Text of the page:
Antarctica’s grounding lines are retreating across the seafloor. The Southern Ocean melted 565 square miles of underwater ice between 2010 and 2016. And this new study provides clear evidence that retreat is happening across the ice sheet due to ocean melting at its base. But please don’t forget that recent discoveries have revealed just how volcanic Antarctica really is, despite being hidden underneath massive ice sheets.
The grounding lines of Antarctica are on the retreat on the ocean floor. According to a new study, warm ocean water is shrinking Antarctica’s underwater footprint.
Antarctica’s glaciers have been retreating at an average rate of 82 feet per year. But the rate retreat of the grounding lines of eight of the ice sheet’s 65 largest glaciers is five times greater, roughly 410 feet per year. The most dramatic rates of grounding line retreat were measured along the coast of West Antarctica.
“Our study provides clear evidence that retreat is happening across the ice sheet due to ocean melting at its base, and not just at the few spots that have been mapped before now,” lead researcher Hannes Konrad said. “This retreat has had a huge impact on inland glaciers, because releasing them from the sea bed removes friction, causing them to speed up and contribute to global sea level rise.”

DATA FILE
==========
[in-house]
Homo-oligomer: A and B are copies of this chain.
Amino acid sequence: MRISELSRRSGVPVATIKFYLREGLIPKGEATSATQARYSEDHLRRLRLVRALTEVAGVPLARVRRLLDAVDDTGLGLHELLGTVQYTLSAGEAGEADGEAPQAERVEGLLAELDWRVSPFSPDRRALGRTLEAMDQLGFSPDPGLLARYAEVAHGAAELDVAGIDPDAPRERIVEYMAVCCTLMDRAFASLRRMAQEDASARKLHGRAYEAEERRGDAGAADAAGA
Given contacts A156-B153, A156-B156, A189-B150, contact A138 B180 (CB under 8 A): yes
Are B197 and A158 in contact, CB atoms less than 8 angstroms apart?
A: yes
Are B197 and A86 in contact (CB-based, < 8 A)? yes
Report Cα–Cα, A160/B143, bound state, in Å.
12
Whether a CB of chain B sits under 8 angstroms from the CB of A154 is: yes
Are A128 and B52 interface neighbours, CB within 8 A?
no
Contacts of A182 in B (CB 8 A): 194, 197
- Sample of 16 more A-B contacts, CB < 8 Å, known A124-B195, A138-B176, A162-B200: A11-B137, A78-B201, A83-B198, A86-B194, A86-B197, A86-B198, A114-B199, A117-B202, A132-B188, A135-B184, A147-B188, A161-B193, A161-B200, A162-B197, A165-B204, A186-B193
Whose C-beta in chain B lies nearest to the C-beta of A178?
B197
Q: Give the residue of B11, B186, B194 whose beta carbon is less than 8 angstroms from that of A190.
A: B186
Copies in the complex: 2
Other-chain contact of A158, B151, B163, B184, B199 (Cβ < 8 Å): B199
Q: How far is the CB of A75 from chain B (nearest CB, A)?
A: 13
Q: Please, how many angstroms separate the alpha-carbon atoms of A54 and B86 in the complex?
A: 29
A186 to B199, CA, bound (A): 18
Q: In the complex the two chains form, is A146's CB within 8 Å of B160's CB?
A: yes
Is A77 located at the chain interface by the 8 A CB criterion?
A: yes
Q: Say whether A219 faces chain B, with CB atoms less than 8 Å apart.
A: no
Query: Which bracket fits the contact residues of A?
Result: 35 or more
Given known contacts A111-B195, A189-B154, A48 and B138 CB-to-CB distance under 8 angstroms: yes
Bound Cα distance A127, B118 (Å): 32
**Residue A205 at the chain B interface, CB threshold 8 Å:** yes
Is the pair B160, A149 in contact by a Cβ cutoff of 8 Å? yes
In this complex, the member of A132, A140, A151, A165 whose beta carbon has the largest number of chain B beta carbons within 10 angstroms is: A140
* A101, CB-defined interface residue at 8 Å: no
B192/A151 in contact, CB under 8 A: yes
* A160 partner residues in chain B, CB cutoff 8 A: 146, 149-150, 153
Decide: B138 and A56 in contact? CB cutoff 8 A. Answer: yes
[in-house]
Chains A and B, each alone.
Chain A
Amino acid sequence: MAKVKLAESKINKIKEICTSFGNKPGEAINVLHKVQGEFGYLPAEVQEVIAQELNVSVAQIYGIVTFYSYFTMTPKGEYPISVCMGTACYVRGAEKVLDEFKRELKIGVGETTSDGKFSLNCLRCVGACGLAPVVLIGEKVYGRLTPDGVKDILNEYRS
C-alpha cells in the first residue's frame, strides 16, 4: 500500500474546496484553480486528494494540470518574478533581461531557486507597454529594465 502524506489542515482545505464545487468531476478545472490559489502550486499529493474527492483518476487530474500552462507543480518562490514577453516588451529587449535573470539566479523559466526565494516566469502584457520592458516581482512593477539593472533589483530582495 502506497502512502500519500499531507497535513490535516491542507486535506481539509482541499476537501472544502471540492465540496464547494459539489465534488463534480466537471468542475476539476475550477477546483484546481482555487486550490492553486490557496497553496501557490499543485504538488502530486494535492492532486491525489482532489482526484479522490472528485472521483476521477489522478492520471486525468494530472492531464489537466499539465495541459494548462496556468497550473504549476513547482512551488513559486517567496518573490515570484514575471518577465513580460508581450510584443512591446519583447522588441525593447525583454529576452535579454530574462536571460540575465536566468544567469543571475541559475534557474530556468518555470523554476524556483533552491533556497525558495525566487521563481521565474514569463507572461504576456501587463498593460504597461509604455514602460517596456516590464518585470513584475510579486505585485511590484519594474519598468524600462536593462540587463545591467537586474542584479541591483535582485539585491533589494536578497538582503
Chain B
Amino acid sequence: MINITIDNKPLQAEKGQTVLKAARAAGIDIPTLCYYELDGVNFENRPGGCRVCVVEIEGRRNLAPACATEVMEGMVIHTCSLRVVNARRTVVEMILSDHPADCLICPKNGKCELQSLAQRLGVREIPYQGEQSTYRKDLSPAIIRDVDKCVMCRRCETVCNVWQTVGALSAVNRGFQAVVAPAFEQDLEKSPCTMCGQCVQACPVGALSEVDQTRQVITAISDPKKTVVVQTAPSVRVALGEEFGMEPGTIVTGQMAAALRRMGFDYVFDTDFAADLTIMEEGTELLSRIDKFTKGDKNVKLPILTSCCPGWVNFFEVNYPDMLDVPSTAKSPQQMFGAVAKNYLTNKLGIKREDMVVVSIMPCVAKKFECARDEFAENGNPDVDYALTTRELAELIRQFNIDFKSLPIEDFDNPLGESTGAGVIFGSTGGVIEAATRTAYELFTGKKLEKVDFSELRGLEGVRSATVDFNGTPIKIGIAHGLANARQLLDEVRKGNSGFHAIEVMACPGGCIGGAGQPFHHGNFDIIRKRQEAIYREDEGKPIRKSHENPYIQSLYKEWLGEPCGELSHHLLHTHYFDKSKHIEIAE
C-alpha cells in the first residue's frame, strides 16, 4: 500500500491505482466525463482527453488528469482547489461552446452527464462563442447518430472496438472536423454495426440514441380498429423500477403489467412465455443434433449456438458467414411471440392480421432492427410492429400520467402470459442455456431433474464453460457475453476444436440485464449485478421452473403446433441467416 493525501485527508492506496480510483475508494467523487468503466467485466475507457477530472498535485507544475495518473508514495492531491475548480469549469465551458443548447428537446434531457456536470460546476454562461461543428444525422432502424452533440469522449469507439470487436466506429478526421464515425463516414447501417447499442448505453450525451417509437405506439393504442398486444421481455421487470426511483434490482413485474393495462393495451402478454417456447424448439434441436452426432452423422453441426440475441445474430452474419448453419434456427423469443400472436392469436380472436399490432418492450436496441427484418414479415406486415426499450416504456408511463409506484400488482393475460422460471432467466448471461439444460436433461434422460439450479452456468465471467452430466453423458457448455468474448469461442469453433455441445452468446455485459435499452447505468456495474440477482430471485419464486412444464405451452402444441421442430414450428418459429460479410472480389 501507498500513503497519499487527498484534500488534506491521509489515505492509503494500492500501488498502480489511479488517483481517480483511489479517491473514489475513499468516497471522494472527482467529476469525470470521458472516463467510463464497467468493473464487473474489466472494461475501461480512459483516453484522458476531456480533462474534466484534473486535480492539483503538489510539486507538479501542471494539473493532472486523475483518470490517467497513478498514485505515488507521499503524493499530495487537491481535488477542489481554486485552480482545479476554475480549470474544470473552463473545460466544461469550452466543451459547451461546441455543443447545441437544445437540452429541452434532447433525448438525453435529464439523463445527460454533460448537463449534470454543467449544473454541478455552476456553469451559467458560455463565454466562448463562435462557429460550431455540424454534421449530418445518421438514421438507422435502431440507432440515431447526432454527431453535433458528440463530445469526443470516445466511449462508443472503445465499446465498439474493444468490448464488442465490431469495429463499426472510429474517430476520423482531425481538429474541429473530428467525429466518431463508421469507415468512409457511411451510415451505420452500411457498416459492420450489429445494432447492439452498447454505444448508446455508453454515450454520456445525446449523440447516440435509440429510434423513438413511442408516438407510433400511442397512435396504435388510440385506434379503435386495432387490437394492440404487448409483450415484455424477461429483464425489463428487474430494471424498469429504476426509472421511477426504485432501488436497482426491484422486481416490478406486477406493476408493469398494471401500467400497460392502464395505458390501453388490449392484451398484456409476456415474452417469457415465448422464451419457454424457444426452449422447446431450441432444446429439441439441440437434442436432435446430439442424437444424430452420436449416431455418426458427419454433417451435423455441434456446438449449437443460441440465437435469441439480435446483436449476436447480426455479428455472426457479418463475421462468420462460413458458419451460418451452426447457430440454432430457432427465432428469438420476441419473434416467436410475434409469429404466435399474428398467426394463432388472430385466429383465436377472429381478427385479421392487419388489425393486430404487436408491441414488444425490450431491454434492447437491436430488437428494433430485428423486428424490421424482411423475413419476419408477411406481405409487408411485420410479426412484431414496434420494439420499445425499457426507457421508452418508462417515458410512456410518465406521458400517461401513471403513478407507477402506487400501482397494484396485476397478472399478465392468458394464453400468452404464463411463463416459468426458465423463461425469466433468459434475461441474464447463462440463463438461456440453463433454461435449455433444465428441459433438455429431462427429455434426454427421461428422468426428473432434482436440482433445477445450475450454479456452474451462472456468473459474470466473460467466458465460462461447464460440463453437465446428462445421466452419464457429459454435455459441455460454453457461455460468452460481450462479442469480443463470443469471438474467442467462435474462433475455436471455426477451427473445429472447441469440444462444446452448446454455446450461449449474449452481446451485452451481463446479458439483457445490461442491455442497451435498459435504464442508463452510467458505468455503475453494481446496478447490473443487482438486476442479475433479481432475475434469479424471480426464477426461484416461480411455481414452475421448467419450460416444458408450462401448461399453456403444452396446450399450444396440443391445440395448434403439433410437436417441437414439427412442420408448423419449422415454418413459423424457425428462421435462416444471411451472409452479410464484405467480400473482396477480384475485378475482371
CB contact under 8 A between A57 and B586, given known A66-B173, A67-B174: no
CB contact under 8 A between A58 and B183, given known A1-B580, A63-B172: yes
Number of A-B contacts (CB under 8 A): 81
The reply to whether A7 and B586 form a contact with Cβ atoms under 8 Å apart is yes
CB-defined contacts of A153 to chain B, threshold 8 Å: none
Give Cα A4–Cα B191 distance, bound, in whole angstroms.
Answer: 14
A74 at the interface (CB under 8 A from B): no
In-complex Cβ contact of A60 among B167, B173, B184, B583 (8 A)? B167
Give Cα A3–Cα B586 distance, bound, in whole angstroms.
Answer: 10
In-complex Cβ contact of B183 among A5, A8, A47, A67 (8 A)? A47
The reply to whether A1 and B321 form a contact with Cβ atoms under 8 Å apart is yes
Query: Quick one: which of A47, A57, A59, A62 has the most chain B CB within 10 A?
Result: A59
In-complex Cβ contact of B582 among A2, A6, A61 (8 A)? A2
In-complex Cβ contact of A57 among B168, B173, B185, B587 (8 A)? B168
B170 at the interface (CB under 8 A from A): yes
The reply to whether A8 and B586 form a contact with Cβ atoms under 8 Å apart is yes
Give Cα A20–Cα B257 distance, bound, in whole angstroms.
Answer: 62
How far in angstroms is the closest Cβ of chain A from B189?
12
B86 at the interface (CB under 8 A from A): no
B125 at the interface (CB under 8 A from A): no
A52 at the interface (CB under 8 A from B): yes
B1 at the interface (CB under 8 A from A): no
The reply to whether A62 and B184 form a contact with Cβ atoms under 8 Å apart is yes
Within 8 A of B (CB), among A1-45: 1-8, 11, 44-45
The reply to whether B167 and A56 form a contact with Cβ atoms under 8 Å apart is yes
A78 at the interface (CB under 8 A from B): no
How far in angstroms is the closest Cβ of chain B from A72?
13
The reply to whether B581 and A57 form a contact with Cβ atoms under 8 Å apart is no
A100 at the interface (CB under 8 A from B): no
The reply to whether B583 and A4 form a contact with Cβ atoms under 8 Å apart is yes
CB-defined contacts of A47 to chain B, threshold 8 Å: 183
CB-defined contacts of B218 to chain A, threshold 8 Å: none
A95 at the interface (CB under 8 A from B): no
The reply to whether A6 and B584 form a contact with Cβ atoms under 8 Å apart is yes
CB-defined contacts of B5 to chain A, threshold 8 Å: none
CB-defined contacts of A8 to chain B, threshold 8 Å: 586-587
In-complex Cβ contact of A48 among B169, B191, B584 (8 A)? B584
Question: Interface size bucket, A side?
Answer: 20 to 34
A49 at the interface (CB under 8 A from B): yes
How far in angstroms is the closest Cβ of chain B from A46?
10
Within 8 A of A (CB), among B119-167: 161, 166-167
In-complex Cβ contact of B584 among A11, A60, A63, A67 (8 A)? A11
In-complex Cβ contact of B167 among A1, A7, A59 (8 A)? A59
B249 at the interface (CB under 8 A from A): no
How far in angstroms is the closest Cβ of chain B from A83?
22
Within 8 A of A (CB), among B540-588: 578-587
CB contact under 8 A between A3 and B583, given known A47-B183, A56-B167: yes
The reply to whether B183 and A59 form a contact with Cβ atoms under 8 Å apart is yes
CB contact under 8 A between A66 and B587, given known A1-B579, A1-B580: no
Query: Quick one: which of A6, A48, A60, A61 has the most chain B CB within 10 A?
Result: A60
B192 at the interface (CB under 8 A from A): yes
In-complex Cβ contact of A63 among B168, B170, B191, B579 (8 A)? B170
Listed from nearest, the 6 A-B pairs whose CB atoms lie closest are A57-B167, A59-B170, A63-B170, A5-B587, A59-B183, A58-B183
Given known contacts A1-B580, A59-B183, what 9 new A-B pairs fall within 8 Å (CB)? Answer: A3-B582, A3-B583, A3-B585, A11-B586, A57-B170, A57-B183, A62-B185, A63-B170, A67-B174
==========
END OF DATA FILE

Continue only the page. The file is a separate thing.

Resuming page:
But please don’t forget that recent discoveries have revealed just how volcanic Antarctica really is, despite being hidden underneath massive ice sheets.
Back in August 2017, scientists discovered 91 volcanoes under Antarctica ice but it wasn’t sure if they were active or not.
Now, in November 2017, a new heat source was discovered under Antarctica driving ice melt and volcanism.
A few days after this discovery, the British Antarctic Survey (BAS), had revealed a new Antarctic heat map showing sub-ice hotspots across the icy continent and thus representing the ‘geothermal heat flux’ at the base of the Antarctic Ice Sheet.
Ocean water may play a role in this epic ice melting phenomenon, but this source of heat is not as hot and dramatic as that released by these hot spots and volcanoes situated under the thick ice mantle of Antarctica.